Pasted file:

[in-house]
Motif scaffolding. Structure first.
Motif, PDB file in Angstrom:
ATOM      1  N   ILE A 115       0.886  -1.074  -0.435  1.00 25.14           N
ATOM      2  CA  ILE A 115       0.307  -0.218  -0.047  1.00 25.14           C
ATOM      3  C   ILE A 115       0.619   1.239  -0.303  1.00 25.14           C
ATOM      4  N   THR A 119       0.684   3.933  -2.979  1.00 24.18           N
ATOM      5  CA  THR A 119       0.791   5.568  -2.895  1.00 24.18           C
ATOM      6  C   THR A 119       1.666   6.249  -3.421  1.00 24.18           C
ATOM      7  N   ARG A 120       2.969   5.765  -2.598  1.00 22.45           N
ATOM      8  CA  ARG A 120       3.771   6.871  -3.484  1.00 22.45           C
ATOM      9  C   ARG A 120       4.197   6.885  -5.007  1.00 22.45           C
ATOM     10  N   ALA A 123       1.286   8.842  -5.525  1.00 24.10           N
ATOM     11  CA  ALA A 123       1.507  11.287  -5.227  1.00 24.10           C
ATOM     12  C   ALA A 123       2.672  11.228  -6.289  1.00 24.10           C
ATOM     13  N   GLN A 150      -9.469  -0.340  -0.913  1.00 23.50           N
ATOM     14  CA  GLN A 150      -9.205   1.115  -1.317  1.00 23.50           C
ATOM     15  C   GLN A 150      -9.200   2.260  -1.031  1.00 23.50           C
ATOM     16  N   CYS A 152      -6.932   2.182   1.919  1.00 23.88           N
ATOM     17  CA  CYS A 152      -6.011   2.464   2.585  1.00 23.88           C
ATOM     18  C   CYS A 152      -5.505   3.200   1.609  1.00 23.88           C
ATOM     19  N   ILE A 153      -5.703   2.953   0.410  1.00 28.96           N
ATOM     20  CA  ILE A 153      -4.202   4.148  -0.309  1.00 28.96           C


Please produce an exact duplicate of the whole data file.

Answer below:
[in-house]
Motif scaffolding. Structure first.
Motif, PDB file in Angstrom:
ATOM      1  N   ILE A 115       0.886  -1.074  -0.435  1.00 25.14           N
ATOM      2  CA  ILE A 115       0.307  -0.218  -0.047  1.00 25.14           C
ATOM      3  C   ILE A 115       0.619   1.239  -0.303  1.00 25.14           C
ATOM      4  N   THR A 119       0.684   3.933  -2.979  1.00 24.18           N
ATOM      5  CA  THR A 119       0.791   5.568  -2.895  1.00 24.18           C
ATOM      6  C   THR A 119       1.666   6.249  -3.421  1.00 24.18           C
ATOM      7  N   ARG A 120       2.969   5.765  -2.598  1.00 22.45           N
ATOM      8  CA  ARG A 120       3.771   6.871  -3.484  1.00 22.45           C
ATOM      9  C   ARG A 120       4.197   6.885  -5.007  1.00 22.45           C
ATOM     10  N   ALA A 123       1.286   8.842  -5.525  1.00 24.10           N
ATOM     11  CA  ALA A 123       1.507  11.287  -5.227  1.00 24.10           C
ATOM     12  C   ALA A 123       2.672  11.228  -6.289  1.00 24.10           C
ATOM     13  N   GLN A 150      -9.469  -0.340  -0.913  1.00 23.50           N
ATOM     14  CA  GLN A 150      -9.205   1.115  -1.317  1.00 23.50           C
ATOM     15  C   GLN A 150      -9.200   2.260  -1.031  1.00 23.50           C
ATOM     16  N   CYS A 152      -6.932   2.182   1.919  1.00 23.88           N
ATOM     17  CA  CYS A 152      -6.011   2.464   2.585  1.00 23.88           C
ATOM     18  C   CYS A 152      -5.505   3.200   1.609  1.00 23.88           C
ATOM     19  N   ILE A 153      -5.703   2.953   0.410  1.00 28.96           N
ATOM     20  CA  ILE A 153      -4.202   4.148  -0.309  1.00 28.96           C